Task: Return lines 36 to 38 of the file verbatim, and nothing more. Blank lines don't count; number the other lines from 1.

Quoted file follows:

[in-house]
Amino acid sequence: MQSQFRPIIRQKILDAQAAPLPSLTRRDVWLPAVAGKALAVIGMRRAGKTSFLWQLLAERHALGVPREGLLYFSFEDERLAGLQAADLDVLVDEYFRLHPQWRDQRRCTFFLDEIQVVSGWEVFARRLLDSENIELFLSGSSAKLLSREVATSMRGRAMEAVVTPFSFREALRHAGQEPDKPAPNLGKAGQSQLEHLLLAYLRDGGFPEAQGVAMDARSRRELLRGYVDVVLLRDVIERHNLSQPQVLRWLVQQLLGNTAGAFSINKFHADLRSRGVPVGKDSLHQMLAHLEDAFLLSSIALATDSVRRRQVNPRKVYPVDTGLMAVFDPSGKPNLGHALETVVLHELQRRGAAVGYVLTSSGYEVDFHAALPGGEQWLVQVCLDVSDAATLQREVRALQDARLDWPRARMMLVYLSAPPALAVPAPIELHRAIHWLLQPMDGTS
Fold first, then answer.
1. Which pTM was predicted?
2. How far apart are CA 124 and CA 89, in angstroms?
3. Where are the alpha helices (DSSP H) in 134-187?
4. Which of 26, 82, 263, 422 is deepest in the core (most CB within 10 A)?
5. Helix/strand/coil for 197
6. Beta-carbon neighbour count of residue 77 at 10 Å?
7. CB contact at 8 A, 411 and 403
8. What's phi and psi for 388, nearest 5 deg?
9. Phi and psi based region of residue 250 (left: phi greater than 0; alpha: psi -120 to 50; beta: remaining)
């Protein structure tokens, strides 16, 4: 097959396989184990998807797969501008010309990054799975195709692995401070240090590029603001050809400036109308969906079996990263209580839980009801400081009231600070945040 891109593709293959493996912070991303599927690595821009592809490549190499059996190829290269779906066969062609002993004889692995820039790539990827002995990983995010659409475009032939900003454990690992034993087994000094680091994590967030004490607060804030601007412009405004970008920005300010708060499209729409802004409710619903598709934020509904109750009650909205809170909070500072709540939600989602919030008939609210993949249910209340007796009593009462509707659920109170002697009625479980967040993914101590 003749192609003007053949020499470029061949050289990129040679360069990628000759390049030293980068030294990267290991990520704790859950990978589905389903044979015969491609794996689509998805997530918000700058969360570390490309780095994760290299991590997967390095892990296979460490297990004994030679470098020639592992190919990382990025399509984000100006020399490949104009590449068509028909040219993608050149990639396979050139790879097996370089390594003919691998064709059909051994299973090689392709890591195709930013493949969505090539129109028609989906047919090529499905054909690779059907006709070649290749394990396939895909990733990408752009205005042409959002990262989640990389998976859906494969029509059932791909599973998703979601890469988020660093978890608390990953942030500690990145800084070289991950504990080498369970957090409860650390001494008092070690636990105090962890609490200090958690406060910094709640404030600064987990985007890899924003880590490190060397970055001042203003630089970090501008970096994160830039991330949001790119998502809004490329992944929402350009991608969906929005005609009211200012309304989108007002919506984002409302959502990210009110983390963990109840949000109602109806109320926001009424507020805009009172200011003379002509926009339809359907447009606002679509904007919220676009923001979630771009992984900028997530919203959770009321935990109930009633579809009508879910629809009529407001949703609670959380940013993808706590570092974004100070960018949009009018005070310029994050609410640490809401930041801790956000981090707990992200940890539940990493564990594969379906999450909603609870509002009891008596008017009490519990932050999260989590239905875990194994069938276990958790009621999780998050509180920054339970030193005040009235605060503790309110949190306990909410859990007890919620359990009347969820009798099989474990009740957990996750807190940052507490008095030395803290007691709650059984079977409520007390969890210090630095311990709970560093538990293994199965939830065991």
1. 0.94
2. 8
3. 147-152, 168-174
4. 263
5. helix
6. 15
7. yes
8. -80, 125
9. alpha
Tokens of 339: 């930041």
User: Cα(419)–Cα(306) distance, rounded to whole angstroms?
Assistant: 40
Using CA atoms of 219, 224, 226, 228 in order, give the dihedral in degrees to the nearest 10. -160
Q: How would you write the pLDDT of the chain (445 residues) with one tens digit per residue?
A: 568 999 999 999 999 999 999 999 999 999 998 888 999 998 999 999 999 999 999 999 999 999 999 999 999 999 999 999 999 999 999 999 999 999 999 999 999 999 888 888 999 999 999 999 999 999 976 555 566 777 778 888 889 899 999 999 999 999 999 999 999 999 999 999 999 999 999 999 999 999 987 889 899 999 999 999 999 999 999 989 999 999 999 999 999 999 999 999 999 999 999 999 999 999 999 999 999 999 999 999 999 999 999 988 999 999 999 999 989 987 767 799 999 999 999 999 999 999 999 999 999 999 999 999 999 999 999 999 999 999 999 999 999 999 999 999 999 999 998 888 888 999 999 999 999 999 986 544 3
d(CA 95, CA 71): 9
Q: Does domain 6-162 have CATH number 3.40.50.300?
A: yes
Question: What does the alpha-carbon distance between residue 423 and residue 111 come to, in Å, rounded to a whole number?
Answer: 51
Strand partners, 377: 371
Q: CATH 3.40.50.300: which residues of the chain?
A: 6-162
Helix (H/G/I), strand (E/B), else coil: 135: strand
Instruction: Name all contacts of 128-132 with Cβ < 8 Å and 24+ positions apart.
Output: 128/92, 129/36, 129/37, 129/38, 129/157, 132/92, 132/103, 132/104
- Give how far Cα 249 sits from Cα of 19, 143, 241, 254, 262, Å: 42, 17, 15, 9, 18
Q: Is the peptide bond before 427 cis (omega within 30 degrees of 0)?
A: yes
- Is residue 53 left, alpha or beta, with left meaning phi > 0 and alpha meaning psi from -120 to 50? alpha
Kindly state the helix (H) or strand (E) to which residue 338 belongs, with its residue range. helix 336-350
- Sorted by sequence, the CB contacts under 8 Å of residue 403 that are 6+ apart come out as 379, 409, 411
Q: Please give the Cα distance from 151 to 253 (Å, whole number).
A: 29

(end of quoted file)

A: 6-162
Helix (H/G/I), strand (E/B), else coil: 135: strand
Instruction: Name all contacts of 128-132 with Cβ < 8 Å and 24+ positions apart.